DT 26439

Daily Telegraph Cryptic No 26439

Hints and tips by Libellule

+ – + – + – + – + – + – + – +

BD Rating – Difficulty ** Enjoyment ***

Welcome to the first Monday of 2011. Rufus has returned, and we have an enjoyable, but not overly taxing solve today. Some of you may need some help for some of the cryptic definitions – but I doubt it.

If my cryptic hints are not good enough to let you work out the answer, just highlight the space between the curly brackets.

Across

1. Jobbers in bonds (11)
{BRICKLAYERS} – You are meant to think that this is a reference to a middleman who is involved in the exchange of stocks and securities among brokers. But this is actually someone who builds things using particular patterns of stone.

9. Quiet morning? Don’t you believe it! (4)
{SHAM} – SH (quiet) followed by AM (morning).

10. Fire prevention device? (6,5)
{SAFETY CATCH} – A locking device that prevents a gun from being fired.

11. Marine detachment (4)
{ISLE} – Not a group of jolly’s in this case, but a small landmass that is surrounded by water.

14. Auntie’s sort of curvaceous (7)
{SINUATE} – An anagram (sort of) of AUNTIES.

16. They’re flat but suitable for climbers, we hear (7)
{STEPPES} – Huge grasslands found in the Ukraine and Russia, sound like steps.

17. Departures could be set about eleven (5)
{EXITS} – Put an anagram (about) of SET around XI (Roman numerals for eleven).

18. Descriptive of a sharp drop in sweet production (4)
{ACID} – a type of boiled sweet that has a sharp taste.

19. A drink all round when there’s profit (4)
{GAIN} – A drink often served with tonic, is placed around A.

20. One result of plotting (5)
{GRAPH} – A diagram that exhibits a relationship, often functional, between two sets of numbers for example.

22. Try and make a little yarn go a long way (4,3)
{SPIN OUT} – The yarn could be a tale or thread, what would you do it you wanted to make it last longer?

23. Obvious way to get round foreigner (7)
{SALIENT} – Put ST (way) around another word for a stranger, ET perhaps, to get a word that means conspicuous.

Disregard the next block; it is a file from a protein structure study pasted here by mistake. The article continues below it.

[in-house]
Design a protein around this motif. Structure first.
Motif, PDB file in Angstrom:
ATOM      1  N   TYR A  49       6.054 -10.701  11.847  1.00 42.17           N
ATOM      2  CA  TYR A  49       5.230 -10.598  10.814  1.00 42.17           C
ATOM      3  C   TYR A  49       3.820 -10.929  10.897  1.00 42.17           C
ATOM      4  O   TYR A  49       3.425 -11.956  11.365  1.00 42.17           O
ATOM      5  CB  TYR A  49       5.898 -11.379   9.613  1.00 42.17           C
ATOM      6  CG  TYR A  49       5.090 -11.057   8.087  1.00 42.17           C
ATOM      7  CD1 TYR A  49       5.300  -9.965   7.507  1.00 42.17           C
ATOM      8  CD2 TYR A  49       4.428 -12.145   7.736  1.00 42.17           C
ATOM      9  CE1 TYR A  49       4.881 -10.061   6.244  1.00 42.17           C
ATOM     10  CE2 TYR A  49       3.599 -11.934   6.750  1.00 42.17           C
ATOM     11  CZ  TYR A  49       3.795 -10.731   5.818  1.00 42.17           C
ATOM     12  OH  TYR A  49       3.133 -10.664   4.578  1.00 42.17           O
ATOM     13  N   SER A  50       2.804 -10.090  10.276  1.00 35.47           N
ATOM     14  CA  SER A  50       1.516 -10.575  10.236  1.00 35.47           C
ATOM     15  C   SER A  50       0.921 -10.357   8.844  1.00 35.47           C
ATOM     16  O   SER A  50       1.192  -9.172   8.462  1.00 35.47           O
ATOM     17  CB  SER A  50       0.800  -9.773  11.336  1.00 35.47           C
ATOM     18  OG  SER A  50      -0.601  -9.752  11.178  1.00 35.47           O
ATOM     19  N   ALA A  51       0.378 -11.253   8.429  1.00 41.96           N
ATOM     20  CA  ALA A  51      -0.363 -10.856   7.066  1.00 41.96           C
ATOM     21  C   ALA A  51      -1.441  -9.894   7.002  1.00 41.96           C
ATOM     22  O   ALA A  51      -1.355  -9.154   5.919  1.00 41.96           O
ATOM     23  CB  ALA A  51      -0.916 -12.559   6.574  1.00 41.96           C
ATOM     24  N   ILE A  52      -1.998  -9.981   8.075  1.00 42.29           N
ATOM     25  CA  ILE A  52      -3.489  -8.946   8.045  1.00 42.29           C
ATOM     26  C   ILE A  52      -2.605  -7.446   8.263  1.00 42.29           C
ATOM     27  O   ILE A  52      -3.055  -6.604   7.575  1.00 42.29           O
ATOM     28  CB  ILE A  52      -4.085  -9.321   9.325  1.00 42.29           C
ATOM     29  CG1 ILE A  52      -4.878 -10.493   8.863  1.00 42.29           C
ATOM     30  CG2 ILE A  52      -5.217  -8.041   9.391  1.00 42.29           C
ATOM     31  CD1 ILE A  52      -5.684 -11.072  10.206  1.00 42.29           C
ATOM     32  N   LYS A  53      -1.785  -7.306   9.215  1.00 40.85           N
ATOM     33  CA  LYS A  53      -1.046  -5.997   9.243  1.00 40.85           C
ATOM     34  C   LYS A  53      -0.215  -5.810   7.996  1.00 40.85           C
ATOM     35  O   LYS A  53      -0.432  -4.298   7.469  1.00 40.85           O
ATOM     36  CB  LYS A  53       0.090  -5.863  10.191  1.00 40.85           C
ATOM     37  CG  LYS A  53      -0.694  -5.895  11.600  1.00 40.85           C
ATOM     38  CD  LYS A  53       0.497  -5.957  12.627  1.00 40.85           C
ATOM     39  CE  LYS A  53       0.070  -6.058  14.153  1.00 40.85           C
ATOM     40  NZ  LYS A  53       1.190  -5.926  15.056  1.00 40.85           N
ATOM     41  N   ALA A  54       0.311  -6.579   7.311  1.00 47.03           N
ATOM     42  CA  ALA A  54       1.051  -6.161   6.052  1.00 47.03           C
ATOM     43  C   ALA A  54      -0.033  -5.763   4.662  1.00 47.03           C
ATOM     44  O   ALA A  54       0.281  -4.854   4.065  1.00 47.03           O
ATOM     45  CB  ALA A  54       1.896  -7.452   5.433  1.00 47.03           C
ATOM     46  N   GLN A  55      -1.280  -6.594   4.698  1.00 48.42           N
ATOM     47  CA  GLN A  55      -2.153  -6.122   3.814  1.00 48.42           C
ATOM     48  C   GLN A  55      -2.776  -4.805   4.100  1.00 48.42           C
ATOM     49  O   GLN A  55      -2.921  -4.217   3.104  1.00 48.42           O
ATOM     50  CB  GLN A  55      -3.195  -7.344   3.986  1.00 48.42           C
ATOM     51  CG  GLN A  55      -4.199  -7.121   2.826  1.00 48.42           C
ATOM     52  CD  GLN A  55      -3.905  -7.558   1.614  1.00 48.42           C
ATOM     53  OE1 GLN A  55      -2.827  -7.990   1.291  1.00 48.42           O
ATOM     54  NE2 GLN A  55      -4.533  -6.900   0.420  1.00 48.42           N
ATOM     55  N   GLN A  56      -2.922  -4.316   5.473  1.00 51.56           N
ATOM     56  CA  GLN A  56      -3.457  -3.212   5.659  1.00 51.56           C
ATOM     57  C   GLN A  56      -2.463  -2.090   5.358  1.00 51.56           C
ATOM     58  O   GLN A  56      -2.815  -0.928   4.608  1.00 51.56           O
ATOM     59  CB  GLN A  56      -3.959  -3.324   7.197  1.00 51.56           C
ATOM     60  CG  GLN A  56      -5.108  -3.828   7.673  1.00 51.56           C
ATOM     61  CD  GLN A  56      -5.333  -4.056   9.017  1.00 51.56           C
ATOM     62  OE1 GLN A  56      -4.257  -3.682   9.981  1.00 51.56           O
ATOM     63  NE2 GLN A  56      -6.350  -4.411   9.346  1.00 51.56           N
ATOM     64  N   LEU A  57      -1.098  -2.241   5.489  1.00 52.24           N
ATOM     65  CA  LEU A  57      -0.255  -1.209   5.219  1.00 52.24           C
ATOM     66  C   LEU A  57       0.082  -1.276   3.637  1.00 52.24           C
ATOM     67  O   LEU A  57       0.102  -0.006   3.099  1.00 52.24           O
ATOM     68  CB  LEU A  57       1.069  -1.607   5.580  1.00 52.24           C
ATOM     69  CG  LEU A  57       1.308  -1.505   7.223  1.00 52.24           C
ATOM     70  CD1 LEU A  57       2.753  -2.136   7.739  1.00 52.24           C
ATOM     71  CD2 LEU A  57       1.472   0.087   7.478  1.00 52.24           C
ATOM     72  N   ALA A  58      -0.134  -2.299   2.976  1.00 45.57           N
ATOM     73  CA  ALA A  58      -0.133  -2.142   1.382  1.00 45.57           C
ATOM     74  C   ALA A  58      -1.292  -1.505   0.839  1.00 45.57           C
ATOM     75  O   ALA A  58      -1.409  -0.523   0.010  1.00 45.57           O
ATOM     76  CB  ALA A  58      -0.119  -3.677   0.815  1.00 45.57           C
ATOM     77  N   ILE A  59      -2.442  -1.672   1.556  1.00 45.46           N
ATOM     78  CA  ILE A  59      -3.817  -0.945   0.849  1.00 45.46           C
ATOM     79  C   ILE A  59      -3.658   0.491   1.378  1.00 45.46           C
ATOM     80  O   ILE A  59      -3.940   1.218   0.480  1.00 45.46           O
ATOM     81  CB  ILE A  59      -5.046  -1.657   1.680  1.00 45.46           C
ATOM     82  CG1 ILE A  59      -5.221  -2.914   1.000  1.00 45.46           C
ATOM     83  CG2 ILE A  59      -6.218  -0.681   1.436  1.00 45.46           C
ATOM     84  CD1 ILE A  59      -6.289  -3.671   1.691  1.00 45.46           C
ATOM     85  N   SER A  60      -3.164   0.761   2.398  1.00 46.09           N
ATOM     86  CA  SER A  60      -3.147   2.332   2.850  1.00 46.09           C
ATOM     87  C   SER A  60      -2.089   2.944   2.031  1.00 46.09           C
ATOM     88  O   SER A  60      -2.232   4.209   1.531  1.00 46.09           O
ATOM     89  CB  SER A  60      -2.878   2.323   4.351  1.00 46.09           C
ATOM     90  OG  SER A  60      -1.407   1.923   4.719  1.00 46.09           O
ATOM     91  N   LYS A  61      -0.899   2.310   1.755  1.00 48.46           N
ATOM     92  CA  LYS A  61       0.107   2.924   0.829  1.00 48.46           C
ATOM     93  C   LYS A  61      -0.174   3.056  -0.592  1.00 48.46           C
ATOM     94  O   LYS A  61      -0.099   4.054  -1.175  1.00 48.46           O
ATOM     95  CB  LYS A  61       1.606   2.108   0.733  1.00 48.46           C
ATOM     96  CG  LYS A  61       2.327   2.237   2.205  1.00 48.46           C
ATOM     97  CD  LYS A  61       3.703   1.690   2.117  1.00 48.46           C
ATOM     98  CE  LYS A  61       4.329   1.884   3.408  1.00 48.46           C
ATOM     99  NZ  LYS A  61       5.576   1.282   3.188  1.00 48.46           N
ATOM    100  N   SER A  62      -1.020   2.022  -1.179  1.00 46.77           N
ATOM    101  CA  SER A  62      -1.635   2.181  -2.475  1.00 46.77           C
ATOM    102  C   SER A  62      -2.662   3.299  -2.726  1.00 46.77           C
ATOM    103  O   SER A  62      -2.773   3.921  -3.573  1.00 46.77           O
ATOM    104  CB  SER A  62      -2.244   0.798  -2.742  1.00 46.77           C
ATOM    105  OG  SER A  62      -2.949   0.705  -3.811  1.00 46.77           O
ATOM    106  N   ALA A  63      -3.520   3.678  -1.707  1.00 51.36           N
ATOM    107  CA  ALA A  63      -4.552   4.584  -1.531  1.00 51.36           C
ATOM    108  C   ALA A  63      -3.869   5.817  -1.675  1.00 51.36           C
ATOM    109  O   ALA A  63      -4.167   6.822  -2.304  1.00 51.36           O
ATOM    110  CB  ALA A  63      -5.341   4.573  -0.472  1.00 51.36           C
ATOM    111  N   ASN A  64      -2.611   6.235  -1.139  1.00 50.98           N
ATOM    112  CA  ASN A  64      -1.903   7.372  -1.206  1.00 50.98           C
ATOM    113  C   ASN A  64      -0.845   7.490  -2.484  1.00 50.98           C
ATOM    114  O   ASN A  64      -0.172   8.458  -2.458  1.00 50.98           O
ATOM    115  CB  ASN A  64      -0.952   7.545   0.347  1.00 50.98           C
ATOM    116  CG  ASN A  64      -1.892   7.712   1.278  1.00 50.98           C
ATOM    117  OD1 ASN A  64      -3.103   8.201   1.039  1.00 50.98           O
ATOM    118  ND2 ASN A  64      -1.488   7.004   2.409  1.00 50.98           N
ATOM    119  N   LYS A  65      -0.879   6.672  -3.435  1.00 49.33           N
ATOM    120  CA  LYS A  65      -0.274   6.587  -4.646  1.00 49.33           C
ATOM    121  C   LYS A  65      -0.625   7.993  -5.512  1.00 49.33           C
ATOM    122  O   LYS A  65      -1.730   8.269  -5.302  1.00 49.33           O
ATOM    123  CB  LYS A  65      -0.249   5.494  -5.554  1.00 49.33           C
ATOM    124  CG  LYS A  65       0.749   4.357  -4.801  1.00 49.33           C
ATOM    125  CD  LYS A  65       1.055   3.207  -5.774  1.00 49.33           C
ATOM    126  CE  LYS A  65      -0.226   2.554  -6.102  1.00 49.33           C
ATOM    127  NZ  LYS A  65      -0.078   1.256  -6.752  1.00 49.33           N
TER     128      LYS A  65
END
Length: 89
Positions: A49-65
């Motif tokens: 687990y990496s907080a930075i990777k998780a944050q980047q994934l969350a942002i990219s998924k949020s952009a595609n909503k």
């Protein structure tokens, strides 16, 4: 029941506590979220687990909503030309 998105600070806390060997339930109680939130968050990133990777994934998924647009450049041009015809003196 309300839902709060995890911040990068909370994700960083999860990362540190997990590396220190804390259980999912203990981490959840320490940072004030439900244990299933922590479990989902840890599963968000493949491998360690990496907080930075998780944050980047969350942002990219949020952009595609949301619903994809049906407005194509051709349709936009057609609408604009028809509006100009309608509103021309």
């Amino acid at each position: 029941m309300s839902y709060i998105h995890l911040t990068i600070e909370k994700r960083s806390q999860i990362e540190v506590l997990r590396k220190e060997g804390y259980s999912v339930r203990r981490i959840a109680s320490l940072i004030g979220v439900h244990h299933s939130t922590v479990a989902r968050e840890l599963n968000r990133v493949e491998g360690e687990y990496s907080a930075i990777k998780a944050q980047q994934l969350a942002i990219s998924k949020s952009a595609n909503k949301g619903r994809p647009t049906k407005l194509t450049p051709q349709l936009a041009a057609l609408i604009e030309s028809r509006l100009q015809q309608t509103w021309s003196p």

24. Easy to reach but hard to touch (4)
{NEAR} – A word that means close by, can also describe someone who is miserly.

28. He may carry cases of dark, strong ale (5-6)
{NIGHT PORTER} – Someone who carries baggage during the hours of darkness could also describe a dark time of the day, and a strong beer.

29. Captured and shot (4)
{TOOK} – A double definition.

30. Fixed aim or intent to reach final conclusion (11)
{TERMINATION} – An anagram (fixed) of AIM OR INTENT.

Down

2. Empty sheep range? (4)
{ROAM} – Put O (empty) inside a word for a male sheep.

3. A short cut for a shipping company (4)
{CREW} – Double definition, a short haircut, or a group of people serving on a ship.

4. Still getting in after hours, showing infantile habits (7)
{LAYETTE} – Put YET (still) inside another word for past the usual or expected hour and you have a word used to describe a complete set of articles for a new born baby.

5. A solar-powered cycle? (4)
{YEAR} – 365 or 366 days.

6. Instrument of torture set out for game (7)
{RACKETS} – An instrument on which the victim’s body is stretched, plus an anagram (out) of SET produces a game similar to squash.

7. One competing for supremacy on the board (5-6)
{CHESS-PLAYER} – The board referred to is actually a board game that can end in checkmate.

8. Ape or primate? One’s uncertain (11)
{IMPERSONATE} – An anagram (uncertain) of PRIMATE ONES.

12. Get rid of a couple of fools with one neat manoeuvre (11)
{ASSASSINATE} – The fool is an ASS (times two), then add (with) I (one) and an anagram (manoeuvre) of NEAT.

13. Supervisor of those working on paper (11)
{INVIGILATOR} – Someone who watches an exam to prevent cheating.

15. Number involved in tree-climbing exercise (5)
{EXERT} – Put X (the Roman numeral for ten) inside a reversed (climbing) TREE.

16. Checks rising symptoms of measles (5)
{STOPS} – Reverse an obvious symptom of measles, to find another word that means halts or checks. A clue where I needed the crossing letters to be sure of the answer.

20. Discharge from the Army? (7)
{GUNFIRE} – Shooting…

21. Used to make a lock fast, or to pick it (7)